Kick-off event at KWI Essen: November 24-25, 2023

Deadline: August 15, 2023

CFP: Network ‚Comedy as Cultural Studies/Das Komische als Kulturwissenschaft’

Submission of project outlines: 15 August 2023

Kick-off event at KWI Essen: 24-25 November 2023

Satirical poems and humorous prints, comedies and vaudevilles, stand-up, witty adverts and memes: to elicit responses from an audience, funny artefacts must draw upon cultural knowledge and invoke conventionalised
expectations, only to subsequently disavow or thwart them, at times spectacularly. On the one hand, this renders
social constructions and conflicts visible, such as the inclusion/exclusion dynamics that arise from categories
of difference like race, class, gender or disability. On the other hand, comedy can explore unexpectedly modified
cultural and bodily techniques, thereby both imagining and shaping alternative models of social coexistence.
Commonplace situations that go hilariously wrong as well as popular comic genres thus provide important
spaces for the negotiation of cultural knowledge. In this regard, they possess considerable influence, easily
rivalling so-called high culture.

Seemingly fixed meanings, referential frameworks and courses of action can be disturbed or exaggerated by
comedy, thereby exposing their inherent instabilities and contradictions. Thus, comic artefacts and phenomena
generate a sense of uncertainty and relativity, which unsettles widely accepted norms. At the same time, this
guarantees their epistemological productivity: Based on iteration, i.e. the repetition and failure of symbolic
conventions, comedy brings forth realms of ambiguity and these, in turn, compel societies to deliberate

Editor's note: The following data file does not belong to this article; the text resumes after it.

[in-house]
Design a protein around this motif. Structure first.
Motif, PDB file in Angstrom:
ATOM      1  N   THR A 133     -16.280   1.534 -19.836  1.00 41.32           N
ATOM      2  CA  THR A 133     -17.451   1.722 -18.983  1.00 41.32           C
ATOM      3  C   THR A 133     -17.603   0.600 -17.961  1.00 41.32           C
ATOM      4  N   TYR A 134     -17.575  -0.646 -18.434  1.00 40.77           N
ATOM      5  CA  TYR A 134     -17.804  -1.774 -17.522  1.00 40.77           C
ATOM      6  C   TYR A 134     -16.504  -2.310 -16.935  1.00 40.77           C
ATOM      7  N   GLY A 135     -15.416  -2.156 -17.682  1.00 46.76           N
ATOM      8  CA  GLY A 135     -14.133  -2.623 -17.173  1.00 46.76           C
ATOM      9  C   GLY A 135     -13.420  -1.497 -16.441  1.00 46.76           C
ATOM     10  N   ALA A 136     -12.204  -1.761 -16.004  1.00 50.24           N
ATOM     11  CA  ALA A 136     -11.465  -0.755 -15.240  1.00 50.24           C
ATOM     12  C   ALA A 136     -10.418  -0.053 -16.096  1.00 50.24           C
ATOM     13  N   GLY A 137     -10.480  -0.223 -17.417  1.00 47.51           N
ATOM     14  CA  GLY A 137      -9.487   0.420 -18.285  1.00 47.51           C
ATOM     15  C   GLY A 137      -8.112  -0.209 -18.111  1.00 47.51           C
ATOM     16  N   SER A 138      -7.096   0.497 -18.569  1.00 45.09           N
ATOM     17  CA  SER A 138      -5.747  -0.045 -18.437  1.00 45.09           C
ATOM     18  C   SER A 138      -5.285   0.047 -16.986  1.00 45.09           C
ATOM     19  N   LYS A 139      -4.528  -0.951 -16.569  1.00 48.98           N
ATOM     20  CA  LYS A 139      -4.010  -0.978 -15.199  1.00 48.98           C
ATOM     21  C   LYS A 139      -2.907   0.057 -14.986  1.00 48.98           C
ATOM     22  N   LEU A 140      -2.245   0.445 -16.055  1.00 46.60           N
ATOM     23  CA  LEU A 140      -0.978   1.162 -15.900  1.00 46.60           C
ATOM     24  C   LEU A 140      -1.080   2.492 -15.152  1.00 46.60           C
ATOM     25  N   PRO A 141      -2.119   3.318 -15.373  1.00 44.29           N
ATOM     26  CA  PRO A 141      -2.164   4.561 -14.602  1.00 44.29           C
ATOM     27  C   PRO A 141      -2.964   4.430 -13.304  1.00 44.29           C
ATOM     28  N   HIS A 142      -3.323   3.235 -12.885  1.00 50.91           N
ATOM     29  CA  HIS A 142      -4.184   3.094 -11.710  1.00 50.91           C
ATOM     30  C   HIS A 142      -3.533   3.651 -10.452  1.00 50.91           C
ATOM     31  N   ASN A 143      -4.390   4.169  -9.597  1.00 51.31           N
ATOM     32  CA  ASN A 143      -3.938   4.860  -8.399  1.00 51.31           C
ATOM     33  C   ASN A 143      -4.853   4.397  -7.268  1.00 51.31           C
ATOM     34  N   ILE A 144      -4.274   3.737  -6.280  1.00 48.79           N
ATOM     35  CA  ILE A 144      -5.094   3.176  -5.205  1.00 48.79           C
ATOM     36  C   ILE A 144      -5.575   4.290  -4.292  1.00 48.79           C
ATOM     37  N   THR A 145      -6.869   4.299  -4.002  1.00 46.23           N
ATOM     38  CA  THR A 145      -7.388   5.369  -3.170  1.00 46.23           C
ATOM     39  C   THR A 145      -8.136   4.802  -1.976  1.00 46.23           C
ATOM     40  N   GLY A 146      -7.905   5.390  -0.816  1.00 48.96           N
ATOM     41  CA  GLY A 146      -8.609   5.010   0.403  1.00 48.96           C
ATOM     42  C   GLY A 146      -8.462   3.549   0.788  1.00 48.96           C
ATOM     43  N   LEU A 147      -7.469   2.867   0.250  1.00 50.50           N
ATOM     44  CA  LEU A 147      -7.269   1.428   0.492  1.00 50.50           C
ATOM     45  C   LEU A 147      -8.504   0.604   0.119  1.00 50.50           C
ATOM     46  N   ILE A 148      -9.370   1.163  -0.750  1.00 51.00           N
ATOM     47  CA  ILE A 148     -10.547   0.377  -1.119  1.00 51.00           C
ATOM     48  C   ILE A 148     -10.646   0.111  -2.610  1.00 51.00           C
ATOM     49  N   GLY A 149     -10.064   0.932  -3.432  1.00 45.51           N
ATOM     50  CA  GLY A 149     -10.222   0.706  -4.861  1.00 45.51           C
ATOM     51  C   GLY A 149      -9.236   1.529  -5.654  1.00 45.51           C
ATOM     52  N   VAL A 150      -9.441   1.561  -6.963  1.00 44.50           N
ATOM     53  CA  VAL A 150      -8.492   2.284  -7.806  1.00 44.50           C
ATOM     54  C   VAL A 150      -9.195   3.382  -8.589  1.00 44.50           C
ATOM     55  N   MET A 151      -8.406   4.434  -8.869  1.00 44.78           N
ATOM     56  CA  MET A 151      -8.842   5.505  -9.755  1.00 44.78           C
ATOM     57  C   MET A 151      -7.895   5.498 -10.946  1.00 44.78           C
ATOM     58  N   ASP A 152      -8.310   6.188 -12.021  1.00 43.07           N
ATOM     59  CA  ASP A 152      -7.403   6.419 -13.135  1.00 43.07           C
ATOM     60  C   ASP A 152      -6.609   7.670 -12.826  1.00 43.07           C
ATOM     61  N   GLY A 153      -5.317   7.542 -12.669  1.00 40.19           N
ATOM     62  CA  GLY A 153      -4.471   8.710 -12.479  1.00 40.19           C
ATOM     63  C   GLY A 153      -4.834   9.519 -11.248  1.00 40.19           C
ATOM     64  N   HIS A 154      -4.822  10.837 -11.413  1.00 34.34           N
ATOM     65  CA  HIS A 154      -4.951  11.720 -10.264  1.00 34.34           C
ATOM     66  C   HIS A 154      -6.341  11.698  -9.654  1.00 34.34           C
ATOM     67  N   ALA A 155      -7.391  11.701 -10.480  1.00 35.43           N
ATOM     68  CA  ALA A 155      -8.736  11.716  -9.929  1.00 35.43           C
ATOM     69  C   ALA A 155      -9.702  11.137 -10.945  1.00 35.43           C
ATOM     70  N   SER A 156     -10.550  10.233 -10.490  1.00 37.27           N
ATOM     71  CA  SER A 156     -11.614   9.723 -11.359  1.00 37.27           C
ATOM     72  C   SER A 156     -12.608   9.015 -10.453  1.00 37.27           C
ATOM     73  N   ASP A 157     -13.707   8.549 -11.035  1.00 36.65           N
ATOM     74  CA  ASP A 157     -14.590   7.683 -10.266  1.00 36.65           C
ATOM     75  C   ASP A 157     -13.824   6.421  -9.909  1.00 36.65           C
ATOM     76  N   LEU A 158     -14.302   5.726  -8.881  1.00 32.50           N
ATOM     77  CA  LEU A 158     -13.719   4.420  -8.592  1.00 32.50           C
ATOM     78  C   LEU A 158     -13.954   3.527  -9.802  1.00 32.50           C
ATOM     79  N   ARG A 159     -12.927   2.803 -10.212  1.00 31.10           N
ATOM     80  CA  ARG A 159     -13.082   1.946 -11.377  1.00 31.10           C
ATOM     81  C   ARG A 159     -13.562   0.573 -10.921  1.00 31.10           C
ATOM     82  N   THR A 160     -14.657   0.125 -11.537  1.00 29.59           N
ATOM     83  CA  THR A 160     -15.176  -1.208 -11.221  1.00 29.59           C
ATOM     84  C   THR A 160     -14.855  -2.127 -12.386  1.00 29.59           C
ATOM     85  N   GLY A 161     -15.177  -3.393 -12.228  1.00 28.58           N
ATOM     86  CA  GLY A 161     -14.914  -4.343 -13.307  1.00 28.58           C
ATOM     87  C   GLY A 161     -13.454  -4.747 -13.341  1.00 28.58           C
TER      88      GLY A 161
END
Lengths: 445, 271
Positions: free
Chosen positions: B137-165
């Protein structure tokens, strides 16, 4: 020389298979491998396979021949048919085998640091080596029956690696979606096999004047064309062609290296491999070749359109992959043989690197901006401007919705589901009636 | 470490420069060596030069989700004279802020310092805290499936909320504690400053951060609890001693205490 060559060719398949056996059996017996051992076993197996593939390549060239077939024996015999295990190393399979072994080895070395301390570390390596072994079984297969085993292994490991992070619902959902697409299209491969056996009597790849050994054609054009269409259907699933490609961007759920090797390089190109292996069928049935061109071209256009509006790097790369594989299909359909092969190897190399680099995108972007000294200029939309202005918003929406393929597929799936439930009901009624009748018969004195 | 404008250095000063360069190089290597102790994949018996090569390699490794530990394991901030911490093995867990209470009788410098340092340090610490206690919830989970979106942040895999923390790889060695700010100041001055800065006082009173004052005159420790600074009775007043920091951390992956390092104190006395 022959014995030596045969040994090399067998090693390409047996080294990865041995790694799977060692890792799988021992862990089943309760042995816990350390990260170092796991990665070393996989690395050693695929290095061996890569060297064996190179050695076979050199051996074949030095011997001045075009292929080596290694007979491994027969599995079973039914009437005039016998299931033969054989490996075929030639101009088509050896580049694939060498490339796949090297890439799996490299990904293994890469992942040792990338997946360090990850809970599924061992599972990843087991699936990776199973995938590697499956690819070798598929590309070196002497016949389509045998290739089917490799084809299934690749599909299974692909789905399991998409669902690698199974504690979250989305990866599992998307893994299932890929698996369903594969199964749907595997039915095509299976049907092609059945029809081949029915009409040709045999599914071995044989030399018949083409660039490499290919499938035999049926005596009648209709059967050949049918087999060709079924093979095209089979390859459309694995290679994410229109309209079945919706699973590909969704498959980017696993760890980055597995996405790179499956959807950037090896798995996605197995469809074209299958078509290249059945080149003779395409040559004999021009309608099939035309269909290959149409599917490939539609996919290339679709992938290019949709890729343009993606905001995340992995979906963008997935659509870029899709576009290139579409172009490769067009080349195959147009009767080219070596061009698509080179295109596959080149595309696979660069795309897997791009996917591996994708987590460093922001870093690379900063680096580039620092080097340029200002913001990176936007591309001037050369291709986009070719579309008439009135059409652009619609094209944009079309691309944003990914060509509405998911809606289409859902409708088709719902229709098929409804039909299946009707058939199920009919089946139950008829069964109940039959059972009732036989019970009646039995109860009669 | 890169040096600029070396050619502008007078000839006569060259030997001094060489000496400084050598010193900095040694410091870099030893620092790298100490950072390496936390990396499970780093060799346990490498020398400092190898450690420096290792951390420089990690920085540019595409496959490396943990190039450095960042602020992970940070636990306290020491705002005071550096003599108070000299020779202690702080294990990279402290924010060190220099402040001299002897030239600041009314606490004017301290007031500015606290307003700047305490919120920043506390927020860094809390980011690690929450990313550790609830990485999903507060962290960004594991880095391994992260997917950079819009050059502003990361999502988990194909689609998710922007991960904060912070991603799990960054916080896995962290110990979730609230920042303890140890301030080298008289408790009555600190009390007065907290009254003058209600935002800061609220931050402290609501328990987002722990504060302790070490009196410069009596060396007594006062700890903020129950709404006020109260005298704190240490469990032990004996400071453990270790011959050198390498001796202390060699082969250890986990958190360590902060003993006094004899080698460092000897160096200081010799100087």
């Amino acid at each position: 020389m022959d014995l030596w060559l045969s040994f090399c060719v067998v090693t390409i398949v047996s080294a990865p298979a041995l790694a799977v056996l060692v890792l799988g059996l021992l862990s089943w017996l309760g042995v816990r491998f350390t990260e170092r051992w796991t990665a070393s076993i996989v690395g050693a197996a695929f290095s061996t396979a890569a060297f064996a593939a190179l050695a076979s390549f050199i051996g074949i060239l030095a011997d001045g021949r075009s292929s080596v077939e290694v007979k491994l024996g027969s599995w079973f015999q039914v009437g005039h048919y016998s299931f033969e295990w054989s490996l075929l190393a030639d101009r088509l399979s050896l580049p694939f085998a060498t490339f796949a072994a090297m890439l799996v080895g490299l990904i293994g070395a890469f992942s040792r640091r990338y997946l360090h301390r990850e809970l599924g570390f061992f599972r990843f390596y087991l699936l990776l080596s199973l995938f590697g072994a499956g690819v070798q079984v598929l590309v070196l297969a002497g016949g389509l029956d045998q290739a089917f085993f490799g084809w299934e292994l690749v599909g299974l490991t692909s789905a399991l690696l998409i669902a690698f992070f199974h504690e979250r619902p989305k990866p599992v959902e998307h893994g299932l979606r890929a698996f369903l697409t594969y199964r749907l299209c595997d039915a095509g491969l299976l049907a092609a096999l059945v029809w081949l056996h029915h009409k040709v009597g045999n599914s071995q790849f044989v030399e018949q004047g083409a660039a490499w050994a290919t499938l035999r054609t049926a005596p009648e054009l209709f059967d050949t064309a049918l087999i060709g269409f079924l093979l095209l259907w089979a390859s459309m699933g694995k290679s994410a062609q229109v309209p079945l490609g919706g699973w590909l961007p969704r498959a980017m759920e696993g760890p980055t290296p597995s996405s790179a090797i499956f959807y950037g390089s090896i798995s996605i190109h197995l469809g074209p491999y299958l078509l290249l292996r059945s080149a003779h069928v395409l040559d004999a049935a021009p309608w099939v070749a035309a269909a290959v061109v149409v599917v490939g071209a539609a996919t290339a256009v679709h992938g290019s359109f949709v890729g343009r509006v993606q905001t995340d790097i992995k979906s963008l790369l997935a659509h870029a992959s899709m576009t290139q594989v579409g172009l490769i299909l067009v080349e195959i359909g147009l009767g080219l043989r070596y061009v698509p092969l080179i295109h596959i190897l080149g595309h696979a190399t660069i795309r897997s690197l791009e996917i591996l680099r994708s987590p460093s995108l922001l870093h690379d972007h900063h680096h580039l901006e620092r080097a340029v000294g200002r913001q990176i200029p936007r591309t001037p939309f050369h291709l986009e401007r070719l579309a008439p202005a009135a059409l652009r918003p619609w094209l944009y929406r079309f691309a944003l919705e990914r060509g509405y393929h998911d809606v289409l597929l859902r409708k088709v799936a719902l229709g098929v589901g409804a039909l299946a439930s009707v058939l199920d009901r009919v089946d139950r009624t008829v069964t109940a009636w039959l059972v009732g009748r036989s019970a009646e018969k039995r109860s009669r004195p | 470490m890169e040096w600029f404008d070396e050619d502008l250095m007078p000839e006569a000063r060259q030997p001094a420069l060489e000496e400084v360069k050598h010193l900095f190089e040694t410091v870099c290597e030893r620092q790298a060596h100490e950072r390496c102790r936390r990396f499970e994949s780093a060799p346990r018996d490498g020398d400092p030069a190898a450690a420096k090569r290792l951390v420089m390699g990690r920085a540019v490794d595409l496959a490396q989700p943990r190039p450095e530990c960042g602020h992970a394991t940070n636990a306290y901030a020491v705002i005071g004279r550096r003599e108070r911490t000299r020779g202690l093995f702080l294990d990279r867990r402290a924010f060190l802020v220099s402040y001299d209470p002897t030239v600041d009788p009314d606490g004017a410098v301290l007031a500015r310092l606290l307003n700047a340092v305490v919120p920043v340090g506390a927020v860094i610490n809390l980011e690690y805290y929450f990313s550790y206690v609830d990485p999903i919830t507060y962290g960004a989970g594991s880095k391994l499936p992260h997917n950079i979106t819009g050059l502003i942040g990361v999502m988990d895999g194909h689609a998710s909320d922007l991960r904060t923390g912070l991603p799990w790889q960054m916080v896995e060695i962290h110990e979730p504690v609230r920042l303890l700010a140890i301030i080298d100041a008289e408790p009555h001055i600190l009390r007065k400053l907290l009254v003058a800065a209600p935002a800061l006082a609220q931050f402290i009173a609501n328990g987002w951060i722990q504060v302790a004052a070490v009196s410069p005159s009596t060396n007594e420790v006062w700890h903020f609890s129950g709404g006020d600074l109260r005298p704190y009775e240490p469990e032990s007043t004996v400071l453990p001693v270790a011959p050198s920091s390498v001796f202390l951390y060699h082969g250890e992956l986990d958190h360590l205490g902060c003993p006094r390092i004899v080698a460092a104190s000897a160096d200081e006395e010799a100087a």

meaning. This often extends to analysing culture itself, in other words: the processes, discourses, and practices
that contribute to symbolic orders. For when presented in amusing and whimsical settings, culture can be
addressed as a mutable construct that could have taken a different trajectory.

Comedy relies on many factors, including its – potentially involuntary – producers as well as the individual
dispositions and emotional states of the audience. A well-placed joke can soothe and reconcile, it may cause a
smile or even bring forth comic relief, yet it can just as well lead to a complete loss of control – for example,
when it overwhelms the recipient’s body and causes corporeal ‘boundary reactions’ (H. Plessner), eliciting tears
of laughter and involuntarily sounds. The pranks of a circus clown can evoke sympathy or act out aggressions;
a bizarre anecdote told at a social gathering may foster intimacy or help to overcome embarrassing situations,
but it could also stimulate feelings of shame. The impact and the functions of comedy are rarely clear-cut. While
subtle irony can formulate subliminal criticism, qualify positions or reverse perspectives, crude and vulgar
humour sometimes satisfies a desire that is socially or politically taboo. The varied effects also emerge from the
comic forms and media that are employed. Therefore, it is important to also examine the differences between
real-life occasions for laughter, which may arise coincidentally, and the countless aesthetic possibilities comic
performances enact.

It is also worthwhile to consider the periphery: those instances in which comedy feels cringy or unpleasantly
uncanny; the situations in which it not only stages failures but actually fails itself, leading to awkward silence.